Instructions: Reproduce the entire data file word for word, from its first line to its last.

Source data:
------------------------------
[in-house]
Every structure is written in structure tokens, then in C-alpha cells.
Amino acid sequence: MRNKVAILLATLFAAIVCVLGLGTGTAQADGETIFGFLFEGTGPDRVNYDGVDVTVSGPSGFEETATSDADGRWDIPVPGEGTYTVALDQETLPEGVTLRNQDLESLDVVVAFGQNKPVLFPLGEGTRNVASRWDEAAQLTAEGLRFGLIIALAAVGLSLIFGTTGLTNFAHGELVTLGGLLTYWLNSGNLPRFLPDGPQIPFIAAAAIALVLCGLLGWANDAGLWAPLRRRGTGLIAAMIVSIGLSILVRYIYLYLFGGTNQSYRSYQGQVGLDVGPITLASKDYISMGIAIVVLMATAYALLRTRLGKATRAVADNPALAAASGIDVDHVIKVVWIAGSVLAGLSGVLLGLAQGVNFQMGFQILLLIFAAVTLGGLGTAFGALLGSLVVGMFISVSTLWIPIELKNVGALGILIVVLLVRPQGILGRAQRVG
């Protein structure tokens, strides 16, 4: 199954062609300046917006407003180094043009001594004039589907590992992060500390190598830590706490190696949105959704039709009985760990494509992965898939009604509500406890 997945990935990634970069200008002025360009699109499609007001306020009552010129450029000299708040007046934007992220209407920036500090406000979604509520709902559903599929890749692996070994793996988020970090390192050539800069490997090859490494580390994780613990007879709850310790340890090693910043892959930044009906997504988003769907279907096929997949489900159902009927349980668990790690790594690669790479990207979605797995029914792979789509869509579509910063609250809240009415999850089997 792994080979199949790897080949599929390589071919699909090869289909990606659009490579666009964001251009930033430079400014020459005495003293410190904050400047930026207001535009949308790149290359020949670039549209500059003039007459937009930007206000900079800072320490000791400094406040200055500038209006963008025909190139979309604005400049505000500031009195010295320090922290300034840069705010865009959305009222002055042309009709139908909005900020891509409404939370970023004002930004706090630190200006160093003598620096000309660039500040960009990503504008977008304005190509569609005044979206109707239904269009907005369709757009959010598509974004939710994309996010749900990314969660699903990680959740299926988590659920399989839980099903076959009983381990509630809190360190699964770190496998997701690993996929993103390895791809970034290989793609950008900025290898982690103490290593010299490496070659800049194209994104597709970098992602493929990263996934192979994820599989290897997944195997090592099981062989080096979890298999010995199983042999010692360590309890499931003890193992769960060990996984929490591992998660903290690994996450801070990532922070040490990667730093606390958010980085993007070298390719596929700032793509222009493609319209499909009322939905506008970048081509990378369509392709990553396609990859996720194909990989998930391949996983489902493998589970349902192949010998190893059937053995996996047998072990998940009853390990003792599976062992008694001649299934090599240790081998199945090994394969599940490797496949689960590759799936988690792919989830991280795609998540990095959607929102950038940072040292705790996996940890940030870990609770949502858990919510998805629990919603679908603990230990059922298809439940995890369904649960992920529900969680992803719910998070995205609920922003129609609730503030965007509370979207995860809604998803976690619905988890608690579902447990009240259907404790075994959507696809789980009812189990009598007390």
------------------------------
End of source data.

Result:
[in-house]
Every structure is written in structure tokens, then in C-alpha cells.
Amino acid sequence: MRNKVAILLATLFAAIVCVLGLGTGTAQADGETIFGFLFEGTGPDRVNYDGVDVTVSGPSGFEETATSDADGRWDIPVPGEGTYTVALDQETLPEGVTLRNQDLESLDVVVAFGQNKPVLFPLGEGTRNVASRWDEAAQLTAEGLRFGLIIALAAVGLSLIFGTTGLTNFAHGELVTLGGLLTYWLNSGNLPRFLPDGPQIPFIAAAAIALVLCGLLGWANDAGLWAPLRRRGTGLIAAMIVSIGLSILVRYIYLYLFGGTNQSYRSYQGQVGLDVGPITLASKDYISMGIAIVVLMATAYALLRTRLGKATRAVADNPALAAASGIDVDHVIKVVWIAGSVLAGLSGVLLGLAQGVNFQMGFQILLLIFAAVTLGGLGTAFGALLGSLVVGMFISVSTLWIPIELKNVGALGILIVVLLVRPQGILGRAQRVG
């Protein structure tokens, strides 16, 4: 199954062609300046917006407003180094043009001594004039589907590992992060500390190598830590706490190696949105959704039709009985760990494509992965898939009604509500406890 997945990935990634970069200008002025360009699109499609007001306020009552010129450029000299708040007046934007992220209407920036500090406000979604509520709902559903599929890749692996070994793996988020970090390192050539800069490997090859490494580390994780613990007879709850310790340890090693910043892959930044009906997504988003769907279907096929997949489900159902009927349980668990790690790594690669790479990207979605797995029914792979789509869509579509910063609250809240009415999850089997 792994080979199949790897080949599929390589071919699909090869289909990606659009490579666009964001251009930033430079400014020459005495003293410190904050400047930026207001535009949308790149290359020949670039549209500059003039007459937009930007206000900079800072320490000791400094406040200055500038209006963008025909190139979309604005400049505000500031009195010295320090922290300034840069705010865009959305009222002055042309009709139908909005900020891509409404939370970023004002930004706090630190200006160093003598620096000309660039500040960009990503504008977008304005190509569609005044979206109707239904269009907005369709757009959010598509974004939710994309996010749900990314969660699903990680959740299926988590659920399989839980099903076959009983381990509630809190360190699964770190496998997701690993996929993103390895791809970034290989793609950008900025290898982690103490290593010299490496070659800049194209994104597709970098992602493929990263996934192979994820599989290897997944195997090592099981062989080096979890298999010995199983042999010692360590309890499931003890193992769960060990996984929490591992998660903290690994996450801070990532922070040490990667730093606390958010980085993007070298390719596929700032793509222009493609319209499909009322939905506008970048081509990378369509392709990553396609990859996720194909990989998930391949996983489902493998589970349902192949010998190893059937053995996996047998072990998940009853390990003792599976062992008694001649299934090599240790081998199945090994394969599940490797496949689960590759799936988690792919989830991280795609998540990095959607929102950038940072040292705790996996940890940030870990609770949502858990919510998805629990919603679908603990230990059922298809439940995890369904649960992920529900969680992803719910998070995205609920922003129609609730503030965007509370979207995860809604998803976690619905988890608690579902447990009240259907404790075994959507696809789980009812189990009598007390």